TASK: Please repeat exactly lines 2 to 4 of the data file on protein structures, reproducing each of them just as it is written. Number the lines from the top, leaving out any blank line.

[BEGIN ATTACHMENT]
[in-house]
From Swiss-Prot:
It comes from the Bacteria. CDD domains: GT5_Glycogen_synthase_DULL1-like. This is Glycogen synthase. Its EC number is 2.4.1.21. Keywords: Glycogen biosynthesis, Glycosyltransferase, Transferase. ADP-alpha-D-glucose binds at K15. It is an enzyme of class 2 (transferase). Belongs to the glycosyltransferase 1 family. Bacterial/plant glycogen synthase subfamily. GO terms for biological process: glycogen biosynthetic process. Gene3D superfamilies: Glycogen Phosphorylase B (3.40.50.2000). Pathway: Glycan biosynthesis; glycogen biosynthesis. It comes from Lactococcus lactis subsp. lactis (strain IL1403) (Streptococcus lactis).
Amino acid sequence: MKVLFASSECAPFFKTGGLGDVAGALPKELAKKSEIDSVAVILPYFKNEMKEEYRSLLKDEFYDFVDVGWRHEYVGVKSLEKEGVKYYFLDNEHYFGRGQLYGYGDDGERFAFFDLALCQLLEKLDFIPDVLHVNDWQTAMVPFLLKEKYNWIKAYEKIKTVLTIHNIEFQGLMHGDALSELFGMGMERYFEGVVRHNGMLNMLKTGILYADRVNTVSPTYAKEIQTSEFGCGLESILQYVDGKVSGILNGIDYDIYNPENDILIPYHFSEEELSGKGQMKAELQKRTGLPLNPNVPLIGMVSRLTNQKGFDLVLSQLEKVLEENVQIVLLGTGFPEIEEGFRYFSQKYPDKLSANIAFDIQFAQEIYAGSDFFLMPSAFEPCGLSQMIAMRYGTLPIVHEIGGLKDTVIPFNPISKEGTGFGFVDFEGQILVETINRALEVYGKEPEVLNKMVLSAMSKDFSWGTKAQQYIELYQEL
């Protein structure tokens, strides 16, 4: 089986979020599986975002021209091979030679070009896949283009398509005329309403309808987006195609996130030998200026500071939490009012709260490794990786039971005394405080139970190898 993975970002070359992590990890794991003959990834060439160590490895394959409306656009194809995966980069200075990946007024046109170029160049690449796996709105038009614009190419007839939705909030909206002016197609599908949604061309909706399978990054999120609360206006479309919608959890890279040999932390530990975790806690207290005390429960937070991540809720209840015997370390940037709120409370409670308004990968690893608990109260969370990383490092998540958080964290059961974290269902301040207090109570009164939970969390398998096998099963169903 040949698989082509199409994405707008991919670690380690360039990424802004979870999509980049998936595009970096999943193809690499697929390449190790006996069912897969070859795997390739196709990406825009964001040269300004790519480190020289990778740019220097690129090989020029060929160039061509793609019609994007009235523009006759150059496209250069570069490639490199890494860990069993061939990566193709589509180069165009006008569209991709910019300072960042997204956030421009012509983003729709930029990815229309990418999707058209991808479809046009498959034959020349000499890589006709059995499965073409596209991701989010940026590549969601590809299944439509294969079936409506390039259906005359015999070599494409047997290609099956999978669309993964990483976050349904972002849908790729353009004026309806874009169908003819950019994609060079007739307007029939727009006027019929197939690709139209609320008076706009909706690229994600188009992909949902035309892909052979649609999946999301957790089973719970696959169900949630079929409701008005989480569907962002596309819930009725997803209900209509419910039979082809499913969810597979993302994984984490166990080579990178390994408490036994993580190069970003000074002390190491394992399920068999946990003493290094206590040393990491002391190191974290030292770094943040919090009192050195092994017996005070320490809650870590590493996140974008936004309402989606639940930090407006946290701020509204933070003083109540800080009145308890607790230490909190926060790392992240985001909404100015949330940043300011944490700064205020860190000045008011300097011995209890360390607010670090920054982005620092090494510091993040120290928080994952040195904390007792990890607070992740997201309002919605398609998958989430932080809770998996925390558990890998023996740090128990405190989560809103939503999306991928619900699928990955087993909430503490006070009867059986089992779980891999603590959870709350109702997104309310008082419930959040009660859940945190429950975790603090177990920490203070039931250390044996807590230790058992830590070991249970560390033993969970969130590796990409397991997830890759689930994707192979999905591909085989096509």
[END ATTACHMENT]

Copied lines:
From Swiss-Prot:
It comes from the Bacteria. CDD domains: GT5_Glycogen_synthase_DULL1-like. This is Glycogen synthase. Its EC number is 2.4.1.21. Keywords: Glycogen biosynthesis, Glycosyltransferase, Transferase. ADP-alpha-D-glucose binds at K15. It is an enzyme of class 2 (transferase). Belongs to the glycosyltransferase 1 family. Bacterial/plant glycogen synthase subfamily. GO terms for biological process: glycogen biosynthetic process. Gene3D superfamilies: Glycogen Phosphorylase B (3.40.50.2000). Pathway: Glycan biosynthesis; glycogen biosynthesis. It comes from Lactococcus lactis subsp. lactis (strain IL1403) (Streptococcus lactis).
Amino acid sequence: MKVLFASSECAPFFKTGGLGDVAGALPKELAKKSEIDSVAVILPYFKNEMKEEYRSLLKDEFYDFVDVGWRHEYVGVKSLEKEGVKYYFLDNEHYFGRGQLYGYGDDGERFAFFDLALCQLLEKLDFIPDVLHVNDWQTAMVPFLLKEKYNWIKAYEKIKTVLTIHNIEFQGLMHGDALSELFGMGMERYFEGVVRHNGMLNMLKTGILYADRVNTVSPTYAKEIQTSEFGCGLESILQYVDGKVSGILNGIDYDIYNPENDILIPYHFSEEELSGKGQMKAELQKRTGLPLNPNVPLIGMVSRLTNQKGFDLVLSQLEKVLEENVQIVLLGTGFPEIEEGFRYFSQKYPDKLSANIAFDIQFAQEIYAGSDFFLMPSAFEPCGLSQMIAMRYGTLPIVHEIGGLKDTVIPFNPISKEGTGFGFVDFEGQILVETINRALEVYGKEPEVLNKMVLSAMSKDFSWGTKAQQYIELYQEL